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The Waura and Mehinako, two Arawakan-speaking tribes native to the Upper Xingu River, are likely descendants of various tribes which came into the region in roughly the 9th or 10th century CE. Archaeological records going back to the time between 1000 and 1600 suggest that the people living in the region were mostly sedentary, with relatively large communities. These villages were built around a central plaza, and were defended with ditches and palisades. Archaeological evidence from the region suggests a strong relationship with a band of Aruak tribes stretching from the Upper Xingu to modern day Bolivia. It is unknown what sort of relationship the Aruak-speaking people of the Upper Xingu River had with other, Carib-speaking tribes, although the current multiethnic order in the region was in place by the 18th century.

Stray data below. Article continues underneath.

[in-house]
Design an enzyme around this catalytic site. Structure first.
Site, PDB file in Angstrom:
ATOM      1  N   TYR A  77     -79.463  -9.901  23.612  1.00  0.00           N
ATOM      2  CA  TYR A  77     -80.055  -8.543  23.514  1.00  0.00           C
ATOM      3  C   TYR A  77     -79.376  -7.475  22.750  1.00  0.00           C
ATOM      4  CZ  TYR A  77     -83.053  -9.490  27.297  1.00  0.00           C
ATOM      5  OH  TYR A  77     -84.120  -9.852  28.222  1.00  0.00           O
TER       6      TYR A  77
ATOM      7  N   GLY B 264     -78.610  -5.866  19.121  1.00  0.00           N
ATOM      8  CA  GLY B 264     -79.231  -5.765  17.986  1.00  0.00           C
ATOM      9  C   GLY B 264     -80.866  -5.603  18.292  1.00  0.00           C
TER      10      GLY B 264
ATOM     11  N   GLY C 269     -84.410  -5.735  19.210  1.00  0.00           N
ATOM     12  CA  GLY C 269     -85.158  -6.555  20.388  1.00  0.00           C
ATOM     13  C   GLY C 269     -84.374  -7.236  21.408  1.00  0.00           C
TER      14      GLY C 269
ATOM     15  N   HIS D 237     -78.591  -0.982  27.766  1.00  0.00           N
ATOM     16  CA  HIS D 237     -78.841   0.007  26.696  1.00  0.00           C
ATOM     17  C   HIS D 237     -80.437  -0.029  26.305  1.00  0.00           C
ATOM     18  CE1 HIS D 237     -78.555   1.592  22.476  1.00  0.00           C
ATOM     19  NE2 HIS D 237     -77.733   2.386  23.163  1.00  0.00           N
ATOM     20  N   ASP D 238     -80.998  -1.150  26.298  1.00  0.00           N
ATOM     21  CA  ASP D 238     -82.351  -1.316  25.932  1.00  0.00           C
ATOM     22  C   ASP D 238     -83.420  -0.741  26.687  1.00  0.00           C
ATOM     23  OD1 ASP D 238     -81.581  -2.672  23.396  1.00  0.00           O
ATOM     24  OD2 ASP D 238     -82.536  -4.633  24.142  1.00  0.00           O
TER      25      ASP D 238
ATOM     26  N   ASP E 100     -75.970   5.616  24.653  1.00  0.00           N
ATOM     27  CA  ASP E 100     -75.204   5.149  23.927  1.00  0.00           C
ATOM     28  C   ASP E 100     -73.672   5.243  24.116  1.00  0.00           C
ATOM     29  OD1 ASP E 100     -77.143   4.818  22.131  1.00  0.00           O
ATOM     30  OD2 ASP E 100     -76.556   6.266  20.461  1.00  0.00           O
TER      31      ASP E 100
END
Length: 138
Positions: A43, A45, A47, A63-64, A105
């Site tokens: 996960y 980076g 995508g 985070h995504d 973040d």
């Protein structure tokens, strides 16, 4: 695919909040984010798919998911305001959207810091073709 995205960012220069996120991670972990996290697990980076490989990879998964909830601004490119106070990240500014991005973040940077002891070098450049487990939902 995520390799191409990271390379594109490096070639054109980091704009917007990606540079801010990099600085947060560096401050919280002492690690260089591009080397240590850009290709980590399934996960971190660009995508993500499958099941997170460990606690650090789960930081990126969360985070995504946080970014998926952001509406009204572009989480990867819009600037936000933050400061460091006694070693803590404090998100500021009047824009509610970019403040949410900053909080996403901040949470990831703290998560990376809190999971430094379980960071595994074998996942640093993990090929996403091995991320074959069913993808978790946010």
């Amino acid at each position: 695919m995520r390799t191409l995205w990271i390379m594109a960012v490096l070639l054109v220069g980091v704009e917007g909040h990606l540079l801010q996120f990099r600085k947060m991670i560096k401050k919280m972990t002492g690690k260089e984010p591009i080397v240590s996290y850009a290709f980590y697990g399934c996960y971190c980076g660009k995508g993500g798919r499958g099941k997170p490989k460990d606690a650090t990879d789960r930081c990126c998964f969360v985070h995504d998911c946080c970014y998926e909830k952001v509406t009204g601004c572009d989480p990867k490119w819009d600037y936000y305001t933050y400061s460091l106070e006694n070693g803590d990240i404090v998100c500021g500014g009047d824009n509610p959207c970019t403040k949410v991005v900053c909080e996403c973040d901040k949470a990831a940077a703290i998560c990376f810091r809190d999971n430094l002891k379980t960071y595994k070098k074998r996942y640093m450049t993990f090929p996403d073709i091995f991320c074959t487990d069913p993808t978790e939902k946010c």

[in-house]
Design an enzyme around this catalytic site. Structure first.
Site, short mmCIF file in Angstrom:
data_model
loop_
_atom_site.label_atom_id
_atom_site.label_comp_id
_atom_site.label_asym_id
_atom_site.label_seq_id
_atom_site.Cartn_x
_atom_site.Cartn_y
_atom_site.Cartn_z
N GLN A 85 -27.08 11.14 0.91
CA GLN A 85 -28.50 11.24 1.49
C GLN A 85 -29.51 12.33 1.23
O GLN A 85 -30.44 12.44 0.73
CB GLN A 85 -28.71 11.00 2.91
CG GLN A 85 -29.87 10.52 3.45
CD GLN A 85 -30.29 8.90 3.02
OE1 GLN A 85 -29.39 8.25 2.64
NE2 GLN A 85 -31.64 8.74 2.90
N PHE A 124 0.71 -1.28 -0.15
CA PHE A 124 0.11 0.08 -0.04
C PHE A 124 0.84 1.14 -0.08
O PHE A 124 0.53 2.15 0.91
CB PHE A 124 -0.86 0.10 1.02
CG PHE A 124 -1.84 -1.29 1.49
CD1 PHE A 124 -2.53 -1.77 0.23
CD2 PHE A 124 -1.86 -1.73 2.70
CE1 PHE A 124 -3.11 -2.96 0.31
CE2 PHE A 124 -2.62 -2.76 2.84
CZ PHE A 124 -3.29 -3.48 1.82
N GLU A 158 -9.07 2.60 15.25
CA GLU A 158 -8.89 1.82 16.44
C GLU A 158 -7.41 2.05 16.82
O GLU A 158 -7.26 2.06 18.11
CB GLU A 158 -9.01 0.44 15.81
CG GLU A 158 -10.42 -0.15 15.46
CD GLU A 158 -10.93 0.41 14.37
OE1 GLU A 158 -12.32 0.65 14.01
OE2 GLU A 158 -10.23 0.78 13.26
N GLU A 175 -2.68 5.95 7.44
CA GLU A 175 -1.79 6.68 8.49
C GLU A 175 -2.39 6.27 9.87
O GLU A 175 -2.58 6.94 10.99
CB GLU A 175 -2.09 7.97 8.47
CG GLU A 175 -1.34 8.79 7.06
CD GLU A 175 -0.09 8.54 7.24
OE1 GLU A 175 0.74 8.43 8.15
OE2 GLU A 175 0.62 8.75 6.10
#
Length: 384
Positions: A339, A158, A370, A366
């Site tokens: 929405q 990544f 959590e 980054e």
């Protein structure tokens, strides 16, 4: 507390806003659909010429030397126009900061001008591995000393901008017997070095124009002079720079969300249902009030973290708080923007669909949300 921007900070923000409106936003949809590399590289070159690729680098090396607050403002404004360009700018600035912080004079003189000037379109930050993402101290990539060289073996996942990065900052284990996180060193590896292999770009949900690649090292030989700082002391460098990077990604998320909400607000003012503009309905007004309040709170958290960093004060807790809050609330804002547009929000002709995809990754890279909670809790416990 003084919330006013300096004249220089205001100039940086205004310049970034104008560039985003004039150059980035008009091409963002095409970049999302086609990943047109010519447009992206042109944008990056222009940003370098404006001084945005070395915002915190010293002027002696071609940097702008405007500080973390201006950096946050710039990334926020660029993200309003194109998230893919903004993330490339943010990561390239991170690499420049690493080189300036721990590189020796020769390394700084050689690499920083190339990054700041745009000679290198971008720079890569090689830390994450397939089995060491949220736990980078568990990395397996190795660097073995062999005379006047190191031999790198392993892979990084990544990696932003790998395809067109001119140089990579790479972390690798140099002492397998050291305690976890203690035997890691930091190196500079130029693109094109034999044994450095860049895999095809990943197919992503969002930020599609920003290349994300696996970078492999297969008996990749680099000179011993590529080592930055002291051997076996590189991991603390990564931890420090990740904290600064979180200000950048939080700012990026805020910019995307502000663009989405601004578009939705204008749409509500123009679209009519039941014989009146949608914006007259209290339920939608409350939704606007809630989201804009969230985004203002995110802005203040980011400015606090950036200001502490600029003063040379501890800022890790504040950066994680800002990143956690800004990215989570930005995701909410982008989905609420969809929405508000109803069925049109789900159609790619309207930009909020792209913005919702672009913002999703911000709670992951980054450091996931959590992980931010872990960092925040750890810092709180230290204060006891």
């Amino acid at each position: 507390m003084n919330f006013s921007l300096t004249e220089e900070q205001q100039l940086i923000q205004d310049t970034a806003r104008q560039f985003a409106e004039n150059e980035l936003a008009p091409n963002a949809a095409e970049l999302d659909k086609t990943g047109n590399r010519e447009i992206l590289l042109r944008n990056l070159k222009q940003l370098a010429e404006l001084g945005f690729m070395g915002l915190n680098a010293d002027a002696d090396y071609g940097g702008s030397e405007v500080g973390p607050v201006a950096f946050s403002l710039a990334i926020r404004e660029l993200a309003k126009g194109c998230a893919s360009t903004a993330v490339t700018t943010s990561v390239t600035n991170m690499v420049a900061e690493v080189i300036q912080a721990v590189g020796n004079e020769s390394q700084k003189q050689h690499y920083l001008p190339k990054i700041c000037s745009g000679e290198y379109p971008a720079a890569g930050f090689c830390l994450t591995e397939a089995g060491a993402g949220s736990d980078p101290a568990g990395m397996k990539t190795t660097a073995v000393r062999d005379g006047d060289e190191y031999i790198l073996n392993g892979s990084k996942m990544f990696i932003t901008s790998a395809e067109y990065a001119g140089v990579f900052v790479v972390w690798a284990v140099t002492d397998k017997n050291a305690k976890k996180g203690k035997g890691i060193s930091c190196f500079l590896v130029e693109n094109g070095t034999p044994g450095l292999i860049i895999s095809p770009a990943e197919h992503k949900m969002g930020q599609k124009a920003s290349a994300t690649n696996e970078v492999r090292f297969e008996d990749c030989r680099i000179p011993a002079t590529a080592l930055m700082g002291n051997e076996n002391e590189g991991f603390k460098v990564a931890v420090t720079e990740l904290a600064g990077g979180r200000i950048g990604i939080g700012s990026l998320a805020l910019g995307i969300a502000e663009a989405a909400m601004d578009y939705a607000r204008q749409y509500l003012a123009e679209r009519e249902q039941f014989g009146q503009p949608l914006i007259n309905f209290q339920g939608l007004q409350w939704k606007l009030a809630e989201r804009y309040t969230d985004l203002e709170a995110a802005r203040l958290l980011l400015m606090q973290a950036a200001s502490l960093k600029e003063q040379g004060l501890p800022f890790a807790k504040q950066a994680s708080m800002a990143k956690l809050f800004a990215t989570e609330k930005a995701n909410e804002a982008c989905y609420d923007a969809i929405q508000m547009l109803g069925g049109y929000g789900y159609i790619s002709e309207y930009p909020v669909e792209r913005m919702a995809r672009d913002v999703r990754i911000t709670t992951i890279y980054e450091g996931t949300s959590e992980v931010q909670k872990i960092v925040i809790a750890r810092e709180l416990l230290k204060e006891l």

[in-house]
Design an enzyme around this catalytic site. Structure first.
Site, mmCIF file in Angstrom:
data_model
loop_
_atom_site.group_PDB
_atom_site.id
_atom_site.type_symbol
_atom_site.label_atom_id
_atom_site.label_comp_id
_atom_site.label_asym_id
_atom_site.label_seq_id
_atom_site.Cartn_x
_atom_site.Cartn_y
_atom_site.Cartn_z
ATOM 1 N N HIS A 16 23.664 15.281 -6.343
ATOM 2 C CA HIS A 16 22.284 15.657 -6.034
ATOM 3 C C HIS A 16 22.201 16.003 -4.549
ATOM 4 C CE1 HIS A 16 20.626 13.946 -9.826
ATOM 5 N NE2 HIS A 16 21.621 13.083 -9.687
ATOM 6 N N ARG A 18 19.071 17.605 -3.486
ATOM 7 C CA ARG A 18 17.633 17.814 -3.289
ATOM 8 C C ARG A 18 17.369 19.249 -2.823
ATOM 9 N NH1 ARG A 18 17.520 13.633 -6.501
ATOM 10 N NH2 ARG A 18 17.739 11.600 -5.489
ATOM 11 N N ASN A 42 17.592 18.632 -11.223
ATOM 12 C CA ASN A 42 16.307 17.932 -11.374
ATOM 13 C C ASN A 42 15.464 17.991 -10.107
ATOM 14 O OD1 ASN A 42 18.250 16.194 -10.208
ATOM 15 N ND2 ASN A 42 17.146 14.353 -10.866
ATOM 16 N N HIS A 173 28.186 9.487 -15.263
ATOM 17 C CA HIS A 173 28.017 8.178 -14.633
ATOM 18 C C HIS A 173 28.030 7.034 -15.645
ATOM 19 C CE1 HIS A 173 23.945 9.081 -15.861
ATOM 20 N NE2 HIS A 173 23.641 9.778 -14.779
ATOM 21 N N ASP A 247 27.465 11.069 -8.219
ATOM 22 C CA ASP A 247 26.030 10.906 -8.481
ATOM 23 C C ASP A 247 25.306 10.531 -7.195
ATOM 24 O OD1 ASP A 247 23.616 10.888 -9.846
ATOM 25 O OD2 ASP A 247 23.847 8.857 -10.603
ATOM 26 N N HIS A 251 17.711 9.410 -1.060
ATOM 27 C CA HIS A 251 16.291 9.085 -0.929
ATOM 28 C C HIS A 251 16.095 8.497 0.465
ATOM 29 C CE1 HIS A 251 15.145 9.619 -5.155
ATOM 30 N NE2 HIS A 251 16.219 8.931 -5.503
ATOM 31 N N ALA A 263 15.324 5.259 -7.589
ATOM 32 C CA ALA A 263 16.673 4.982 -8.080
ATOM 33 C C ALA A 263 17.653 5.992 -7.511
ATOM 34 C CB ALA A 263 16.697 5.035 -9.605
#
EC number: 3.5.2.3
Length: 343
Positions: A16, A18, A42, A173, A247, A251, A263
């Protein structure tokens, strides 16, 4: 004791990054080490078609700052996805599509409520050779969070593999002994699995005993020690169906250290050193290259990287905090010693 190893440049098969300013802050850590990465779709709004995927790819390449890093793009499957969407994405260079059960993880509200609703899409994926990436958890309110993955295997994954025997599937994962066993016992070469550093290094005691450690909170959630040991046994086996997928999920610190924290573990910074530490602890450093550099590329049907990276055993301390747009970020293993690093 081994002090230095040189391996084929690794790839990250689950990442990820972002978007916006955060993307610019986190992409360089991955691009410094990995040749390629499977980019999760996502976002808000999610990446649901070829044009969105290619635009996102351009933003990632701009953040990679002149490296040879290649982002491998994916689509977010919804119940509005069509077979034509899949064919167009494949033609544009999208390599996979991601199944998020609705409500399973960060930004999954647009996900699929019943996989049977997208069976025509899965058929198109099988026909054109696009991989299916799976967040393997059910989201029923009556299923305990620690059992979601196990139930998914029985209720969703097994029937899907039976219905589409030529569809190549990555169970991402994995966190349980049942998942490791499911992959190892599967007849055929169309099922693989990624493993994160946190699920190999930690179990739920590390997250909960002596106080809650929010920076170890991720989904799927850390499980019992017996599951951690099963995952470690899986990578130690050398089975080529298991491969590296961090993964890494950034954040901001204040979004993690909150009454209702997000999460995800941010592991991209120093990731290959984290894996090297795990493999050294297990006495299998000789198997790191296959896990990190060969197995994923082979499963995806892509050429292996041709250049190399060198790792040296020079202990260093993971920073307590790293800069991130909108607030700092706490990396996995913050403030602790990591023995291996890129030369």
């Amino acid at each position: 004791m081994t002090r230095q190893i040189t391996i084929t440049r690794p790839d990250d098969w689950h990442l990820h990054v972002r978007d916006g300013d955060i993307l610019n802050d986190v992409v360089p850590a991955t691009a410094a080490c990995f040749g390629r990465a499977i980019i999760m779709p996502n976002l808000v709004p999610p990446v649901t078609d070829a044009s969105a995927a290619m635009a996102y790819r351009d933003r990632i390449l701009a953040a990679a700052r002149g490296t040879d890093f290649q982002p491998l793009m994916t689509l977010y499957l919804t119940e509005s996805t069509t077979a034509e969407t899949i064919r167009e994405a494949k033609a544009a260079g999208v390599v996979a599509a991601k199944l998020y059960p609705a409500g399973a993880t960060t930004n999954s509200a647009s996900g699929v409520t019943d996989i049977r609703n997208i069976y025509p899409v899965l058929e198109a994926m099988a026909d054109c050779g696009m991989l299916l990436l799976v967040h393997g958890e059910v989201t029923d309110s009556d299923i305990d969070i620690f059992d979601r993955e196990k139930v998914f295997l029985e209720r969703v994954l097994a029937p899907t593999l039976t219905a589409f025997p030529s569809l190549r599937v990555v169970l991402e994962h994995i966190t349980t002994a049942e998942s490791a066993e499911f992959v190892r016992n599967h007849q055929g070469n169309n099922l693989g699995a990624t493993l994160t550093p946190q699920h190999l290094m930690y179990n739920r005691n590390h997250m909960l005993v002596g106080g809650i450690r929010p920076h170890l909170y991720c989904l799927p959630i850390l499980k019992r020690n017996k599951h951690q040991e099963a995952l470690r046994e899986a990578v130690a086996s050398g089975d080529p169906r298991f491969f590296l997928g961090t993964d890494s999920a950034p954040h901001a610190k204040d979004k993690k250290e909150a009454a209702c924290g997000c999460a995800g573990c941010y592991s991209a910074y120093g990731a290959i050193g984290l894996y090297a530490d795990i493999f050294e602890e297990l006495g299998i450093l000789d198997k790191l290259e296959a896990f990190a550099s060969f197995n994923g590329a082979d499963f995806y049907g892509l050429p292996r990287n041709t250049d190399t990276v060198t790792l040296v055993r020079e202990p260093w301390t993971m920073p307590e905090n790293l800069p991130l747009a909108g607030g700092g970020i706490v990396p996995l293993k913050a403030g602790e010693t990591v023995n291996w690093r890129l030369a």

German ethnologist Karl von den Steinen was the first European to record the existence of the Wauja tribe in 1884. He received hints that the tribe might exist (under the name Vaurá) by other indigenous peoples that he encountered on his expedition. He discovered exactly where they existed when given a map of the region by members of the Suyá tribe.
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- Waurá artwork, National Museum of the American Indian
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